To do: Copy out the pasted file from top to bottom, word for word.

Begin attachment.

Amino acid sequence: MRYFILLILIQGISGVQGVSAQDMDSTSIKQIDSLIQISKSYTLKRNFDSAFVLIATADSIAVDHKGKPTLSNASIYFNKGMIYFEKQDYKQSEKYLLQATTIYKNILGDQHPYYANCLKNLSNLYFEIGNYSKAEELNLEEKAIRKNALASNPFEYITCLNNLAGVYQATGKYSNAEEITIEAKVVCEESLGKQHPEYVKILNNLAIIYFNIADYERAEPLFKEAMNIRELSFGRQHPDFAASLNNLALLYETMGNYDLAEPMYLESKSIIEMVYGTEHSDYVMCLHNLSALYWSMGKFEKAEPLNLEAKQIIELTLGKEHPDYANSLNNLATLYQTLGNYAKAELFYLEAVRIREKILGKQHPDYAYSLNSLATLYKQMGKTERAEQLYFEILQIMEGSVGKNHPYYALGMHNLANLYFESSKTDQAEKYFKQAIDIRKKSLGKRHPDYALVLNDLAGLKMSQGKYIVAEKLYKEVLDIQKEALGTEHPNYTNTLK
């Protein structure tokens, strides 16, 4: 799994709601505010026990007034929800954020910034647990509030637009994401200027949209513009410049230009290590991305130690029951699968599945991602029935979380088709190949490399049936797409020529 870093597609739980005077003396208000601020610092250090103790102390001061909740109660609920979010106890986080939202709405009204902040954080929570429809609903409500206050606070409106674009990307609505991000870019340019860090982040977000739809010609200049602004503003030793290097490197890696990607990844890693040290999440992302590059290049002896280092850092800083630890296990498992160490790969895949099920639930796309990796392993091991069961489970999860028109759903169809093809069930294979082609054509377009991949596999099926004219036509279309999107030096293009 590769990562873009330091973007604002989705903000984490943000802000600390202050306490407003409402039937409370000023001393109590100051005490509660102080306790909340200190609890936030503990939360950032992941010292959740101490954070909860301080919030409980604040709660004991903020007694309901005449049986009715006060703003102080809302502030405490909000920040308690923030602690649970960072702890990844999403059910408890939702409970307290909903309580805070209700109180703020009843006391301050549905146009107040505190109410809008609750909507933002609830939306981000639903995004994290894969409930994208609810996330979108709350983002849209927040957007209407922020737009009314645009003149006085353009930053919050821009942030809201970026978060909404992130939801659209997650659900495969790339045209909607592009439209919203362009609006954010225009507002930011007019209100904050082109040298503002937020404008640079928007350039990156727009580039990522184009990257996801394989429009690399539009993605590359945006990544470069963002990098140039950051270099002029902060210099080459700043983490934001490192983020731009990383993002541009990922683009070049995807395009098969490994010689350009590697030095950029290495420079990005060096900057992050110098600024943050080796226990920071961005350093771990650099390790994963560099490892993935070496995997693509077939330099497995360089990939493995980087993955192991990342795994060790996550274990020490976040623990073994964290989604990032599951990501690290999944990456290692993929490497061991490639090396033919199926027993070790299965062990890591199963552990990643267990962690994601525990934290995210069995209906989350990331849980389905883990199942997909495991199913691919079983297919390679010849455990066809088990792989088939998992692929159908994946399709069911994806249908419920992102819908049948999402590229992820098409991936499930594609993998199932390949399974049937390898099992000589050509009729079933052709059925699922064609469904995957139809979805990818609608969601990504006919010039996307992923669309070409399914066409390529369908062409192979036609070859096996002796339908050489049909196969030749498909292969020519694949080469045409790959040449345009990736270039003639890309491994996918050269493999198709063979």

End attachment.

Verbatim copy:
Amino acid sequence: MRYFILLILIQGISGVQGVSAQDMDSTSIKQIDSLIQISKSYTLKRNFDSAFVLIATADSIAVDHKGKPTLSNASIYFNKGMIYFEKQDYKQSEKYLLQATTIYKNILGDQHPYYANCLKNLSNLYFEIGNYSKAEELNLEEKAIRKNALASNPFEYITCLNNLAGVYQATGKYSNAEEITIEAKVVCEESLGKQHPEYVKILNNLAIIYFNIADYERAEPLFKEAMNIRELSFGRQHPDFAASLNNLALLYETMGNYDLAEPMYLESKSIIEMVYGTEHSDYVMCLHNLSALYWSMGKFEKAEPLNLEAKQIIELTLGKEHPDYANSLNNLATLYQTLGNYAKAELFYLEAVRIREKILGKQHPDYAYSLNSLATLYKQMGKTERAEQLYFEILQIMEGSVGKNHPYYALGMHNLANLYFESSKTDQAEKYFKQAIDIRKKSLGKRHPDYALVLNDLAGLKMSQGKYIVAEKLYKEVLDIQKEALGTEHPNYTNTLK
């Protein structure tokens, strides 16, 4: 799994709601505010026990007034929800954020910034647990509030637009994401200027949209513009410049230009290590991305130690029951699968599945991602029935979380088709190949490399049936797409020529 870093597609739980005077003396208000601020610092250090103790102390001061909740109660609920979010106890986080939202709405009204902040954080929570429809609903409500206050606070409106674009990307609505991000870019340019860090982040977000739809010609200049602004503003030793290097490197890696990607990844890693040290999440992302590059290049002896280092850092800083630890296990498992160490790969895949099920639930796309990796392993091991069961489970999860028109759903169809093809069930294979082609054509377009991949596999099926004219036509279309999107030096293009 590769990562873009330091973007604002989705903000984490943000802000600390202050306490407003409402039937409370000023001393109590100051005490509660102080306790909340200190609890936030503990939360950032992941010292959740101490954070909860301080919030409980604040709660004991903020007694309901005449049986009715006060703003102080809302502030405490909000920040308690923030602690649970960072702890990844999403059910408890939702409970307290909903309580805070209700109180703020009843006391301050549905146009107040505190109410809008609750909507933002609830939306981000639903995004994290894969409930994208609810996330979108709350983002849209927040957007209407922020737009009314645009003149006085353009930053919050821009942030809201970026978060909404992130939801659209997650659900495969790339045209909607592009439209919203362009609006954010225009507002930011007019209100904050082109040298503002937020404008640079928007350039990156727009580039990522184009990257996801394989429009690399539009993605590359945006990544470069963002990098140039950051270099002029902060210099080459700043983490934001490192983020731009990383993002541009990922683009070049995807395009098969490994010689350009590697030095950029290495420079990005060096900057992050110098600024943050080796226990920071961005350093771990650099390790994963560099490892993935070496995997693509077939330099497995360089990939493995980087993955192991990342795994060790996550274990020490976040623990073994964290989604990032599951990501690290999944990456290692993929490497061991490639090396033919199926027993070790299965062990890591199963552990990643267990962690994601525990934290995210069995209906989350990331849980389905883990199942997909495991199913691919079983297919390679010849455990066809088990792989088939998992692929159908994946399709069911994806249908419920992102819908049948999402590229992820098409991936499930594609993998199932390949399974049937390898099992000589050509009729079933052709059925699922064609469904995957139809979805990818609608969601990504006919010039996307992923669309070409399914066409390529369908062409192979036609070859096996002796339908050489049909196969030749498909292969020519694949080469045409790959040449345009990736270039003639890309491994996918050269493999198709063979």